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The incendiaries vs. the diplomats: Who in Trump’s orbit will get the top White House jobs?

Republican National Committee Chairman Reince Priebus, left, and Donald Trump's campaign CEO, Stephen K. Bannon, are both said to be top contenders to oversee his White House staff.
(Getty Images)

How Donald Trump governs will be shaped by who he surrounds himself with in Washington. At the moment, that remains an open question. Trump’s orbit now includes some of the most incendiary members of the so-called alt-right and neoconservative movements, as well as Republican Party stalwarts with a very different outlook. Trump is mulling which of them will get the big White House jobs. Here’s a look at the conflicting personalities in his circle:

The incendiaries

Stephen Bannon. The chair of Breitbart News who took a leave of absence to run Trump’s campaign is an enthusiastic evangelist for the alt-right movement that has fanned some of Trump’s most divisive rhetoric about Muslims and immigrants.

Newt Gingrich. The former House speaker crusaded for the impeachment of President Clinton, brought the government to a shutdown that backfired on Republicans and more recently has called for every Muslim in America to be tested, and then deported if they are found to believe in sharia law.

Rudolph W. Giuliani. The former New York mayor was a moderate in office but in more recent years has become a rabid partisan, questioning whether President Obama loves America, promoting conspiracy theories about Hillary Clinton’s health and calling her “the biggest criminal to run for the White House.”

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Jeff Sessions. The Alabama senator and early Trump supporter staunchly opposes any path to citizenship for immigrants in the country illegally and helped blow up a bipartisan immigration deal in Congress, and then assisted Trump in building his campaign around a theme of nativism.

Chris Christie. The New Jersey governor is not a hardcore ideologue, but a hardcore partisan and shouter with a taste for political vengeance. His operatives were recently found guilty of organizing a plot to snarl traffic into Manhattan to punish a Christie political opponent, and say they did so at Christie’s direction. He has denied it.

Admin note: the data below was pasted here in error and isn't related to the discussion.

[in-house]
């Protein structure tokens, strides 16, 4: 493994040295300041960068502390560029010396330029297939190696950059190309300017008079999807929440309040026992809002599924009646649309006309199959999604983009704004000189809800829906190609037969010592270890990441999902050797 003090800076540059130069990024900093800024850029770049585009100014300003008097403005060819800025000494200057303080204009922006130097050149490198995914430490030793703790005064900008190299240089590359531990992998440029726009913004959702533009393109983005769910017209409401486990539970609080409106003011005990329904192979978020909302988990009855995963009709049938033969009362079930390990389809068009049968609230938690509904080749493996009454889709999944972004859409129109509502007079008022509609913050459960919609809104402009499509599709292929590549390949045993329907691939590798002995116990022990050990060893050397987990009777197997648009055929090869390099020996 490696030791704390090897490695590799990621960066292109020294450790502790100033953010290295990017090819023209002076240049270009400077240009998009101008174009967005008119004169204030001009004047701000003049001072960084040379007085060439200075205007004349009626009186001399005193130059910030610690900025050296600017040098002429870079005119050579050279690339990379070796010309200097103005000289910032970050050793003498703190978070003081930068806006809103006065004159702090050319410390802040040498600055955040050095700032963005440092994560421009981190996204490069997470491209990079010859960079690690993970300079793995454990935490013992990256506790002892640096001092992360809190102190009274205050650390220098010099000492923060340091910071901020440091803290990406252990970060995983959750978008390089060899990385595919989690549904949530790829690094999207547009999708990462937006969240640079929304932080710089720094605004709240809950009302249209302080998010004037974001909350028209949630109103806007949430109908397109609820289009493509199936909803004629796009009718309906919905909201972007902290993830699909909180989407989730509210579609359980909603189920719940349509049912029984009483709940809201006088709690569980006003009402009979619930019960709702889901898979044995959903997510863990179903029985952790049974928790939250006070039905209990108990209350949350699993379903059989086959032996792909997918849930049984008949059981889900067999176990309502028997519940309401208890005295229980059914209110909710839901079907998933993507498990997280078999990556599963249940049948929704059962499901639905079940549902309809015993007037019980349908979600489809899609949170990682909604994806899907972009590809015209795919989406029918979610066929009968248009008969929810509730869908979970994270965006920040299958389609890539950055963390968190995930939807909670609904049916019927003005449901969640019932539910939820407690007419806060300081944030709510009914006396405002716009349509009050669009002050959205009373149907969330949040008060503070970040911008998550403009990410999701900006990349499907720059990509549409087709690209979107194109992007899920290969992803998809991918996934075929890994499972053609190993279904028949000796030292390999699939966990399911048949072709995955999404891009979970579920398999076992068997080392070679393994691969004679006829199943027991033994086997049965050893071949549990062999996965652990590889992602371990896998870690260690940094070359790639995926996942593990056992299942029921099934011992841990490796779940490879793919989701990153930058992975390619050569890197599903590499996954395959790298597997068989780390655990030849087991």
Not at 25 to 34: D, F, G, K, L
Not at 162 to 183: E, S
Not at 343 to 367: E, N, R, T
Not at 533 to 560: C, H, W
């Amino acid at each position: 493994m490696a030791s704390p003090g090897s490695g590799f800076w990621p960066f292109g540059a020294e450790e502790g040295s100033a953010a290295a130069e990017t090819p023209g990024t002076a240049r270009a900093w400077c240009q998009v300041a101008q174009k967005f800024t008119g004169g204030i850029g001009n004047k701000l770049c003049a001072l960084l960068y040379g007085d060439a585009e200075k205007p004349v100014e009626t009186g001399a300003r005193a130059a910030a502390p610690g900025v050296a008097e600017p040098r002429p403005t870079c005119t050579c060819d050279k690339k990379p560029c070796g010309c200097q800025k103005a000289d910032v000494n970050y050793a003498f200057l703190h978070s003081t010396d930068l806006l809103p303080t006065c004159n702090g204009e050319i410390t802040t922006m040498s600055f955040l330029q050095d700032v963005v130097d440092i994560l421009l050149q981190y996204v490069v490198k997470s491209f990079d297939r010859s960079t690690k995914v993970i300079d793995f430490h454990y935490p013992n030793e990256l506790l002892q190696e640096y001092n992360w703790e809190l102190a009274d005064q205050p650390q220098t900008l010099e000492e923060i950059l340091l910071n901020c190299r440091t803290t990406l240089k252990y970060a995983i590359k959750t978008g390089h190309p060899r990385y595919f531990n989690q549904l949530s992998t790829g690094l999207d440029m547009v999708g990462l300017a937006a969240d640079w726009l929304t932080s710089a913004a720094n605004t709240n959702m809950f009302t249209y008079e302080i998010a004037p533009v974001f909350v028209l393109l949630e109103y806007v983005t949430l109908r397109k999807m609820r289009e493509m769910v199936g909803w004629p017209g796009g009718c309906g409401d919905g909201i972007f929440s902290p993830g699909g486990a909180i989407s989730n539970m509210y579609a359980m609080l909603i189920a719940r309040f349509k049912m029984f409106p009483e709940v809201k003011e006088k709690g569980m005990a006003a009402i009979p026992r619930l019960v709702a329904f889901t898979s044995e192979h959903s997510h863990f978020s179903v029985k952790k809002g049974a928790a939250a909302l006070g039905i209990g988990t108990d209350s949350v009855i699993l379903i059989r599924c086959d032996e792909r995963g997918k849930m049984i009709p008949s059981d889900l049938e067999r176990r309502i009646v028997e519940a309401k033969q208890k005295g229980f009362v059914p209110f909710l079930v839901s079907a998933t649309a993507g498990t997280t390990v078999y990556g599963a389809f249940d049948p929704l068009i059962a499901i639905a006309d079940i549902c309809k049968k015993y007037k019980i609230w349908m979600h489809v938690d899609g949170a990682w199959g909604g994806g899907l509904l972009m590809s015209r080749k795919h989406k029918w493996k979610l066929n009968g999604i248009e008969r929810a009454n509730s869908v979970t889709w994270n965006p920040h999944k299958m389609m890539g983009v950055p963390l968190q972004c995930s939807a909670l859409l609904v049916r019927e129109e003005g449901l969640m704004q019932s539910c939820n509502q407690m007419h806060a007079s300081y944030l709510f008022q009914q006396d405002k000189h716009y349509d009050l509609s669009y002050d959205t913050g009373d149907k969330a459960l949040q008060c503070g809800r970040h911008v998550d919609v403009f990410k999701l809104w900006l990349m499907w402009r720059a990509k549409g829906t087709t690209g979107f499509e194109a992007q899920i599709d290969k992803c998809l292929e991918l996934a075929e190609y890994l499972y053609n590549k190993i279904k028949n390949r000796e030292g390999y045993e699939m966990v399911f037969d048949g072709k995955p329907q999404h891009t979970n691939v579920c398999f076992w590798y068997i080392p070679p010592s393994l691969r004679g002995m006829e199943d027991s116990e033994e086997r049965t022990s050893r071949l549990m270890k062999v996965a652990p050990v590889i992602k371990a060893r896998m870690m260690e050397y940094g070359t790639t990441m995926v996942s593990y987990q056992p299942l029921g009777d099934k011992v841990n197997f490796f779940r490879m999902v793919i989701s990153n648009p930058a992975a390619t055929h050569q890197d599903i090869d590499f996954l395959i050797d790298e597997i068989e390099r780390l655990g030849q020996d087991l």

The diplomats

Reince Priebus. The Republican Party chairman bucked some leading Republicans when he put the full resources of the party behind Trump, but now he is the GOP establishment’s bridge to the president-elect, and it sees him as the best hope for keeping Trump on task and aligned with congressional leaders.

Ivanka Trump. Trump’s eldest daughter was known to be a cooler head on the campaign trail, a counterbalance to her father’s erratic tendencies who was said to push him toward the center. She even used her speech at the Republican convention to call for federally guaranteed family leave.

Mike Rogers. A respected foreign policy voice on Capitol Hill, the former House Intelligence Committee chairman takes a more mainstream GOP approach to engaging in other parts of the world than Trump, does not share Trump’s fondness for Russian President Vladimir Putin, and has a temperament that could help ease concerns about what a Trump administration will do with the nuclear codes.

Kellyanne Conway. The unflappable demeanor of Trump’s campaign manager and her skill at dousing the fires of controversy Trump ignited along the campaign trail have almost certainly earned her a top spot in the administration, and she is someone her many friends in the GOP establishment are glad to do business with.

Mike Pence. Liberals detest the vice president-elect, a hard-line religious conservative, but the GOP establishment sees him as its best hope for keeping Trump working in concert with the Republican Congress and maybe keeping him from savage Twitter outbursts during delicate negotiations.

evan.halper@latimes.com

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Follow me: @evanhalper

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